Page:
I have herpes viruses and so do YOU

Herpes. What? HERPES?! I don’t have THAT. Do I?

Yes. And I do too. And I have a form that’s uncommon, painful, and straight-up weird. But first, let me explain why YOU are harboring herpes viruses…

Unless you live in under a rock completely removed from civilization you have at least ONE of the herpes viruses in your body.

You have one RIGHT NOW in your body. Herpes viruses, once they infect and cause disease, they hang around in your body forever, some ready to come back out and reactivate.

There are nine human herpesviruses (HHV):

  1. Herpes simplex virus 1 and 2 (HSV-1, HSV-2) –HSV-1 most commonly infects the upper half of body yielding cold sores and HSV-2 normally infects the lower half of body yielding genital herpes. However, they are able to criss-cross.
  2. Varicella-zoster virus (VZV, HHV-3) also known as chicken pox and shingles
  3. Epstein-Barr virus (EBV, HHV-4), otherwise known as mononucleosis (mono)
  4. Human cytomegalovirus (HCMV or HHV-5) — a common virus often symptomless (one in three children have contracted it by age 5).
  5. Human herpesvirus 6A and 6B (HHV-6A and HHV-6B) a virus that infects nearly 100% of human beings typically before age 3. Otherwise known as roseola, a disease characterized by a fever and rash.
  6. Human herpesvirus 7 (HHV-7) a virus that infects most children, with 98% of adults testing positive. Symptoms may include fever and skin rash.
  7. Kaposi’s sarcoma-associated herpesvirus (KSHV, HHV-8) – a virus linked to certain cancers often times in AIDS patients.

Now that we’ve established that you have some of these viruses in your body (nearly all of us with HHV-5, HHV-6, and HHV-7, and many of us adults with the chicken pox virus/virus that causes mono), let’s talk about one virus in particular: herpes simplex virus (HSV). This is HERPES–the one that gets all the hype and the one that no one wants or wants to admit they have.

There are two forms of HSV: HSV-1 and HSV-2. HSV-1 typically infects the top half of the body normally showing up as cold sores. The one responsible for the nasty genital herpes is typically HSV-2. But they both can infect either area of the body, and both are very contagious. The WHO claims that 67% of the world’s population has HSV-1.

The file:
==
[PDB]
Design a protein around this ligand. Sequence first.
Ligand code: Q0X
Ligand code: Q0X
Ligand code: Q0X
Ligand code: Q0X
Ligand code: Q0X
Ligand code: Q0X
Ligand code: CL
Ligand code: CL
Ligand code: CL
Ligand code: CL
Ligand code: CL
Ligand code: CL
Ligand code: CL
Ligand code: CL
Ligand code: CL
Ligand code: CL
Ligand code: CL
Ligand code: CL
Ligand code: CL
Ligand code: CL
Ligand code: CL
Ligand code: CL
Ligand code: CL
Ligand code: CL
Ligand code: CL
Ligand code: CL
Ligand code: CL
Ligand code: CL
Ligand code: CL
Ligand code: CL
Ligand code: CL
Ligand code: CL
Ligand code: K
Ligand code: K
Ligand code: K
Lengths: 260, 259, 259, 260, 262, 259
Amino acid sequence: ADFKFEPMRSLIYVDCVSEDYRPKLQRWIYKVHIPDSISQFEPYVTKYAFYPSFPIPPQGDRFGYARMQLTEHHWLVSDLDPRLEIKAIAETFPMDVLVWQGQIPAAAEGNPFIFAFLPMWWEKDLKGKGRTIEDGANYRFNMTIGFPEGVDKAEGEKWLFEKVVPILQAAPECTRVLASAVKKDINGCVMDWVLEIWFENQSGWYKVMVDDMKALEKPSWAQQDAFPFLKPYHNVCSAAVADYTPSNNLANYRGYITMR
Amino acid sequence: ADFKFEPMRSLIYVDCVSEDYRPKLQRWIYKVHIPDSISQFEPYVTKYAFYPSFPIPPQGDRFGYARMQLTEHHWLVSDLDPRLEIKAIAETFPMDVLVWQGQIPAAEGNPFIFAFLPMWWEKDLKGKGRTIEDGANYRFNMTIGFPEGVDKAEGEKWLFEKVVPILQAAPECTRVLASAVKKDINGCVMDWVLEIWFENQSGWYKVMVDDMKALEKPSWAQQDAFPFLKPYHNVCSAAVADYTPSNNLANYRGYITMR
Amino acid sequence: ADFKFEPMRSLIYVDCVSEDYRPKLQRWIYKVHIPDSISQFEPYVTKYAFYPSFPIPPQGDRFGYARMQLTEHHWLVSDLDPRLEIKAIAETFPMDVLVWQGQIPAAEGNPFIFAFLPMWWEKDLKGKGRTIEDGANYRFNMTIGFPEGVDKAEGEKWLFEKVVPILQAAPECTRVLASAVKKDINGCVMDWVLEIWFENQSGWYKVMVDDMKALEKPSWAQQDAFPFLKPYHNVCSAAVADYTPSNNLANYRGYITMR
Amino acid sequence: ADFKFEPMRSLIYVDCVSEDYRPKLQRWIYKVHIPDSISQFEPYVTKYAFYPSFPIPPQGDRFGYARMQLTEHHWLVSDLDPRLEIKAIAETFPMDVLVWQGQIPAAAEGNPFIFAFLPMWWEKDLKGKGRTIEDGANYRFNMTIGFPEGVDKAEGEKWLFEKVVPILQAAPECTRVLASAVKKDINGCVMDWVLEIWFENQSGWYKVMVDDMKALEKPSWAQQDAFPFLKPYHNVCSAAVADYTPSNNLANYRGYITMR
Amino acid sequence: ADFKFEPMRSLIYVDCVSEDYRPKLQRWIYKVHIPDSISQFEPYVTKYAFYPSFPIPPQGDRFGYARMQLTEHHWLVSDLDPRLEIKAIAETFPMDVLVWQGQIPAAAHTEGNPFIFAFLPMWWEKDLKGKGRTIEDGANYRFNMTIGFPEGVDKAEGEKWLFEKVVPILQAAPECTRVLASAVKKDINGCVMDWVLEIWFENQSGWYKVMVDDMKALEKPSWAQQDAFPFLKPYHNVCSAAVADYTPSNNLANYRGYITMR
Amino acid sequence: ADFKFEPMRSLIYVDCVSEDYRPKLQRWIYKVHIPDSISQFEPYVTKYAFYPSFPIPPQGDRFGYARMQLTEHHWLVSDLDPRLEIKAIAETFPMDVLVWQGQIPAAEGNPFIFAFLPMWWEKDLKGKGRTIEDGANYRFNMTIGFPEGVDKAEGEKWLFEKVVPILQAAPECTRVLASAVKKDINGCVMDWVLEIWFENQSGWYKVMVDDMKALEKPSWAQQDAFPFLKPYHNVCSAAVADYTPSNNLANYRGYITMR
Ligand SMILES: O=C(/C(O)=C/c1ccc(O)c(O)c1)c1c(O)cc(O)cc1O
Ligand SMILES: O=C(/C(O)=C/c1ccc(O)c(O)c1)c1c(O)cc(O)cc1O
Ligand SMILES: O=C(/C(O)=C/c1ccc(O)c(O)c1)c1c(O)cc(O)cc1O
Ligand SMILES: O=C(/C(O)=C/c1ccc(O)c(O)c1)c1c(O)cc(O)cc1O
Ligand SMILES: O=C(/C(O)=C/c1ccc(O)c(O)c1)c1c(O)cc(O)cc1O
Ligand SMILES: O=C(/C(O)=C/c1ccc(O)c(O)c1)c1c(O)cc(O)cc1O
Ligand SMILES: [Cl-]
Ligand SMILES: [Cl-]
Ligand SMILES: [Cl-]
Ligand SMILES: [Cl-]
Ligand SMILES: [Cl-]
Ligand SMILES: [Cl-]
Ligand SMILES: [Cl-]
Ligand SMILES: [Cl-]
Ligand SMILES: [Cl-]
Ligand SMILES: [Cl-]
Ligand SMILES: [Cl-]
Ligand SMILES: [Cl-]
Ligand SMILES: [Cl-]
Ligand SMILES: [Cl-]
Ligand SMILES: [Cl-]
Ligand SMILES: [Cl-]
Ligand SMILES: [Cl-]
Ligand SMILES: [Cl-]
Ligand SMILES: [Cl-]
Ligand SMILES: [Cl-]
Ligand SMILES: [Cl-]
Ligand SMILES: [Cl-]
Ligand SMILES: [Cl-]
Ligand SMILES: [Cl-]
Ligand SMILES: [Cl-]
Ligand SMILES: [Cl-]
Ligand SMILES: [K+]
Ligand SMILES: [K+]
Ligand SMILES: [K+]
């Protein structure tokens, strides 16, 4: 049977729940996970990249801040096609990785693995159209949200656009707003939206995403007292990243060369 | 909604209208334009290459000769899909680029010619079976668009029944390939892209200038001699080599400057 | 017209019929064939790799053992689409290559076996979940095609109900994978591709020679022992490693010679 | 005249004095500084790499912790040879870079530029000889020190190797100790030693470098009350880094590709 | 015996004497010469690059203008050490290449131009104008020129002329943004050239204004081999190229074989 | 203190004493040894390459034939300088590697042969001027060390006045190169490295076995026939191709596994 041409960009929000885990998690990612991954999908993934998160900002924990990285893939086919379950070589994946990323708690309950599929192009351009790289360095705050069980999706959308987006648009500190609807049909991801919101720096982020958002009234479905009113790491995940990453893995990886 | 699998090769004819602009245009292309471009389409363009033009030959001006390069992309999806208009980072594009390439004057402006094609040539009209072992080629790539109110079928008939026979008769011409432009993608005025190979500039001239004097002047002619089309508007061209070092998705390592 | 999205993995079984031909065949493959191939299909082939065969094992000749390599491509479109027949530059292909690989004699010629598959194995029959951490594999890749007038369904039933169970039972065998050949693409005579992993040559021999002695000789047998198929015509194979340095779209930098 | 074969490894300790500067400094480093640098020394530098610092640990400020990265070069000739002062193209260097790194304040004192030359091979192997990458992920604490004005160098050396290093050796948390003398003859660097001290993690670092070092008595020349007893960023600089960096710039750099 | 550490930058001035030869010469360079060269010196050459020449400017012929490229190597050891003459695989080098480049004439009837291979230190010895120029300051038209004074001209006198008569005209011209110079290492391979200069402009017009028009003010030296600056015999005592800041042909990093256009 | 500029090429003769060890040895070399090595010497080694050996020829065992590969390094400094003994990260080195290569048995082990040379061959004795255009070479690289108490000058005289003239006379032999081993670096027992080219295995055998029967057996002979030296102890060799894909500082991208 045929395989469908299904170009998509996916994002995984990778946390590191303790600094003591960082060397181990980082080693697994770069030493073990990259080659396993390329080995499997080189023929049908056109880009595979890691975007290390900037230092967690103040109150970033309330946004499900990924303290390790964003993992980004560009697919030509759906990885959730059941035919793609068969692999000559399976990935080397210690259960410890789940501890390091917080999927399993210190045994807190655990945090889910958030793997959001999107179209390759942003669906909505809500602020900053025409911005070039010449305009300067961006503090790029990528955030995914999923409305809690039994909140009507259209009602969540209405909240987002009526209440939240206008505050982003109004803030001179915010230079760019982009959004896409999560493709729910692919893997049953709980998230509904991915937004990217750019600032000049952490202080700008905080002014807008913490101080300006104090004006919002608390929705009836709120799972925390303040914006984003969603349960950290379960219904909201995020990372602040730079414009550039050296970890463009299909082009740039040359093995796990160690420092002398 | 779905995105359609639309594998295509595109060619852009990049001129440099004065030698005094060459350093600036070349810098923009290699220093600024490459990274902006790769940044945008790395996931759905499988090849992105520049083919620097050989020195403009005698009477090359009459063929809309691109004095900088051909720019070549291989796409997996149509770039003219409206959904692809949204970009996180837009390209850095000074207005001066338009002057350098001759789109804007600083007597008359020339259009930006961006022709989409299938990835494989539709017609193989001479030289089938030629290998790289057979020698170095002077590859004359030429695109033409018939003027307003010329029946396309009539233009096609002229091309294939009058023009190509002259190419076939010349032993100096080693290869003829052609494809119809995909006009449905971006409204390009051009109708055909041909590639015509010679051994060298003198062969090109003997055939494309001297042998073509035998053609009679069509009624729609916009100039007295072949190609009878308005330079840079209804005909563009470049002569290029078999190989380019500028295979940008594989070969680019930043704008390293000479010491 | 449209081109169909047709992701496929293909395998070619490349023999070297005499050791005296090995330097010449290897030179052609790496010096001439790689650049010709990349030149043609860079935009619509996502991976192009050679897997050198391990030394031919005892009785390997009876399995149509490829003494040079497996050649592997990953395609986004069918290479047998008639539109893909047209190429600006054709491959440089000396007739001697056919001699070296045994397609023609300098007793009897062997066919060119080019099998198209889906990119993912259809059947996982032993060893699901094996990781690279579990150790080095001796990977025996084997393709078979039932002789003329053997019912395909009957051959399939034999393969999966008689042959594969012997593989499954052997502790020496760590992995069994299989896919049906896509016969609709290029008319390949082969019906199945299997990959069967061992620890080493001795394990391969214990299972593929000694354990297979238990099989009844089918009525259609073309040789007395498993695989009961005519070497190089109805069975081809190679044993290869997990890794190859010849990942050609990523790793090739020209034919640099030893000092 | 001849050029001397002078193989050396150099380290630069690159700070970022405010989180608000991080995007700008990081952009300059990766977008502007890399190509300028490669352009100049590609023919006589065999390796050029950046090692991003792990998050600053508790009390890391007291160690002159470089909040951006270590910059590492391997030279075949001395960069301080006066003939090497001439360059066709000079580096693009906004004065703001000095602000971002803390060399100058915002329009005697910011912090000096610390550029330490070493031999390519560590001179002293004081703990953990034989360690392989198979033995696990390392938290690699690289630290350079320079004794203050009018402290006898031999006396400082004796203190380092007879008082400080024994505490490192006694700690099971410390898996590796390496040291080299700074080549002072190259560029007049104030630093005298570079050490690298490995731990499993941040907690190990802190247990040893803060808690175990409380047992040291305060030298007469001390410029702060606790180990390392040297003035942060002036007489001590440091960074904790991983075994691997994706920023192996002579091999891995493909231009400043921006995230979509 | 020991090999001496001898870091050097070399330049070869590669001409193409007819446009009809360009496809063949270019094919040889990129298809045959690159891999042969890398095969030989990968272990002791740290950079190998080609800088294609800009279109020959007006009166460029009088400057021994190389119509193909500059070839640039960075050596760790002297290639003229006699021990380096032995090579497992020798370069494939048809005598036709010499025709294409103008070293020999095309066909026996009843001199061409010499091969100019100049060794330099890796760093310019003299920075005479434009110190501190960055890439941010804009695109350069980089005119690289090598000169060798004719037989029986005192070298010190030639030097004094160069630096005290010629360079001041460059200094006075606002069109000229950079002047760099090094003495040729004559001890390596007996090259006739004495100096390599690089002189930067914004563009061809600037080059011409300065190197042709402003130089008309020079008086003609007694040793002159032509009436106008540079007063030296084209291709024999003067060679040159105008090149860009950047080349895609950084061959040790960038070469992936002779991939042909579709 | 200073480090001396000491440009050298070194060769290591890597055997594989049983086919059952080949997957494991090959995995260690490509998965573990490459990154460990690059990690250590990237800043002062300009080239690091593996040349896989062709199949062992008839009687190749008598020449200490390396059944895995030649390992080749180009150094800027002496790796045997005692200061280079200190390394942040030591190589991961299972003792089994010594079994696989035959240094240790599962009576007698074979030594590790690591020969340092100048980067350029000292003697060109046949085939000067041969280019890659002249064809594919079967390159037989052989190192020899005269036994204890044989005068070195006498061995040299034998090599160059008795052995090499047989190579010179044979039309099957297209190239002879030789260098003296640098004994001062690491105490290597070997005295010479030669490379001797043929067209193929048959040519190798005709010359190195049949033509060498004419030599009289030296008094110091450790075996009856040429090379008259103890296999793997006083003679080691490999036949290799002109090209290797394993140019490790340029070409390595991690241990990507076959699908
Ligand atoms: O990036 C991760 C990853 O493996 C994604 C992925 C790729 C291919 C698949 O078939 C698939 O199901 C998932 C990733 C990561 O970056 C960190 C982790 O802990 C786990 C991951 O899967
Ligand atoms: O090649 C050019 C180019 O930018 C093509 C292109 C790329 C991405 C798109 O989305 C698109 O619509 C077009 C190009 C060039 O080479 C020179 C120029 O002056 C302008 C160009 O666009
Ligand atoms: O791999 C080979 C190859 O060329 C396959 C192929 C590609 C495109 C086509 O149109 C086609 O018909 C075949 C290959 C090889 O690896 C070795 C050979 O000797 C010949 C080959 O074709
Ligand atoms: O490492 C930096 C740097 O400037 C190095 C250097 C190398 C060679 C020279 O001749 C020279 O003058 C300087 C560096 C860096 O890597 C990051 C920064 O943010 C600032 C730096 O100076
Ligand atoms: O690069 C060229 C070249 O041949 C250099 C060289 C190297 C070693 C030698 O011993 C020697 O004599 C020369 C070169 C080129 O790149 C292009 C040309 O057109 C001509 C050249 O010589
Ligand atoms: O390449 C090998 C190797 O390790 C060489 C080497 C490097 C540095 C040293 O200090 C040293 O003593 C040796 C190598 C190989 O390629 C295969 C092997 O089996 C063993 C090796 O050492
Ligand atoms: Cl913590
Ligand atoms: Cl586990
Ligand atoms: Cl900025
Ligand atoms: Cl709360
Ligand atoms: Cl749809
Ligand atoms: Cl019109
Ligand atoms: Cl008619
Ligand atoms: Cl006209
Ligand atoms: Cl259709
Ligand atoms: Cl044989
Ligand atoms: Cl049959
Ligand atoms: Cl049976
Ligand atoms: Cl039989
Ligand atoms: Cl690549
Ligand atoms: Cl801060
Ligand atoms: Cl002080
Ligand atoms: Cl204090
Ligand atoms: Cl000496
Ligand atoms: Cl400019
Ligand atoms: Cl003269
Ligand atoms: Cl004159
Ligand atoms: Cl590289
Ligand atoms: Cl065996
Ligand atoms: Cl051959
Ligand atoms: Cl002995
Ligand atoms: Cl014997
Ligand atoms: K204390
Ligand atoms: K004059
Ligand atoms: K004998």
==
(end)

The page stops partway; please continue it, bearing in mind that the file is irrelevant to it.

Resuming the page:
This virus is spread when the infected person is actively shedding the virus. HSV-1 is commonly acquired in childhood, but both HSV-1 and HSV-2 are sexually transmitted.

The interesting thing about this virus and all herpes viruses? After the primary infection they lay latent in the body. This means they hide out, dormant, in the body and are able to reactivate and bring about new outbreaks.

HSV hides out from the immune system in the cell bodies of neurons. All sorts of things can bring the virus back from latency, like stress, sickness, surgery, among other things.  When this happens the virus becomes active, follows along the nerve axon to the skin where it replicates and creates new sores. And of course, it sheds to try to infect another unsuspecting individual.

So, you’ve probably heard about herpes causing cold sores and genital herpes before, but did you know that the same virus can cause an infection of the fingers and toes? Remember I told you I have a weird form of herpes? Well this is it. It’s called whitlow and it’s not super common.

Whitlow is a painful infection of the hands or toes, most commonly from HSV-1 (sometimes HSV-2). This virus enters the body through a break in the skin–often from a torn cuticle or break in the nail. You find this most often in children or healthcare workers.

I’m not sure how I got the virus but I know I got it as a child. My fingers would hurt in times of stress and I was always stressed as a child. I was always biting my fingernails, so much so that my fingers would bleed, and that’s probably where the virus got in.

These little blisters are PAINFUL. I can’t imagine having them elsewhere. I feel for anyone who does. And every time I have an outbreak I’m scared to put my hands near my children’s mouths because I could transmit it to them. And that would make me feel absolutely horrible.

The reason I’m writing about this today is because a few days back I had a procedure done under anesthesia and it really knocked me off my feet. Thus, the sores reared their ugly faces. I have them on my fingers at the current moment and it even hurts to type. They’re on my dominant hand only, as they normally only occur on one side of the body (thanks, nervous system). Check out my photos. They’re not at their worst today but you can still get an idea of what they might be like.

There are some medications that can help stop the outbreak but I typically let them clear up on their own like they do after around 10-14 days. I get them maybe 4 times a year. In college I had them all the time. For me, it’s all about stress. Stress is, in my opinion, one of the worst things for your body. It can knock you down and reactivate some of these nasty herpes viruses. Here’s to hoping for a stress-free, healthy, no-blister summer! For all of us!

 

Resources:

Bjorn Grindle. “Herpesviruses: latency and reactivation — viral strategies and host response.” J Oral Microbiol. 2013; 5: 10.3402/jom.v5i0.22766.

“Herpes simplex virus”. World Health Organization. 31 January 2017.